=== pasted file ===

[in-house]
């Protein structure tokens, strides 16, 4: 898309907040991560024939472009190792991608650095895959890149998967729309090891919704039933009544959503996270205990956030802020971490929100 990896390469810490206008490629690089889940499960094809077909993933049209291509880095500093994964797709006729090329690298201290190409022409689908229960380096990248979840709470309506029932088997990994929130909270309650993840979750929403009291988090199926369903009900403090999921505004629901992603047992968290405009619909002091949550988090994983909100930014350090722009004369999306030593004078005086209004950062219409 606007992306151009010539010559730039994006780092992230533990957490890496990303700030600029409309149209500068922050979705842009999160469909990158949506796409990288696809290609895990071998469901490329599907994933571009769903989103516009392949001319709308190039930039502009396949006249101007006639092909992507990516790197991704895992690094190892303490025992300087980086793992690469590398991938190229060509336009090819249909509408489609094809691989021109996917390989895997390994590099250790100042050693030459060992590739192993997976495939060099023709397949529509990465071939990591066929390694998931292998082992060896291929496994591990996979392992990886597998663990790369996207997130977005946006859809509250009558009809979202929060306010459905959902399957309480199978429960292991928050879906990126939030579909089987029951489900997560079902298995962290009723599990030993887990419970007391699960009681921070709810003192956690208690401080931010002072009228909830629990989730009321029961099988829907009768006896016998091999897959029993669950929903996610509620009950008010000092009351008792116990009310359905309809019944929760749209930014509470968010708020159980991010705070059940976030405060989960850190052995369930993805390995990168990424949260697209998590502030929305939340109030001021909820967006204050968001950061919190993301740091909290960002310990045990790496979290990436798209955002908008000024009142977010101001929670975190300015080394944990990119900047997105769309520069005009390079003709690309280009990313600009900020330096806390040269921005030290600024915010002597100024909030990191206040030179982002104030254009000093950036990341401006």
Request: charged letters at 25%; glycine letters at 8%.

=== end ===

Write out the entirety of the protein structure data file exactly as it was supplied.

[in-house]
């Protein structure tokens, strides 16, 4: 898309907040991560024939472009190792991608650095895959890149998967729309090891919704039933009544959503996270205990956030802020971490929100 990896390469810490206008490629690089889940499960094809077909993933049209291509880095500093994964797709006729090329690298201290190409022409689908229960380096990248979840709470309506029932088997990994929130909270309650993840979750929403009291988090199926369903009900403090999921505004629901992603047992968290405009619909002091949550988090994983909100930014350090722009004369999306030593004078005086209004950062219409 606007992306151009010539010559730039994006780092992230533990957490890496990303700030600029409309149209500068922050979705842009999160469909990158949506796409990288696809290609895990071998469901490329599907994933571009769903989103516009392949001319709308190039930039502009396949006249101007006639092909992507990516790197991704895992690094190892303490025992300087980086793992690469590398991938190229060509336009090819249909509408489609094809691989021109996917390989895997390994590099250790100042050693030459060992590739192993997976495939060099023709397949529509990465071939990591066929390694998931292998082992060896291929496994591990996979392992990886597998663990790369996207997130977005946006859809509250009558009809979202929060306010459905959902399957309480199978429960292991928050879906990126939030579909089987029951489900997560079902298995962290009723599990030993887990419970007391699960009681921070709810003192956690208690401080931010002072009228909830629990989730009321029961099988829907009768006896016998091999897959029993669950929903996610509620009950008010000092009351008792116990009310359905309809019944929760749209930014509470968010708020159980991010705070059940976030405060989960850190052995369930993805390995990168990424949260697209998590502030929305939340109030001021909820967006204050968001950061919190993301740091909290960002310990045990790496979290990436798209955002908008000024009142977010101001929670975190300015080394944990990119900047997105769309520069005009390079003709690309280009990313600009900020330096806390040269921005030290600024915010002597100024909030990191206040030179982002104030254009000093950036990341401006």
Request: charged letters at 25%; glycine letters at 8%.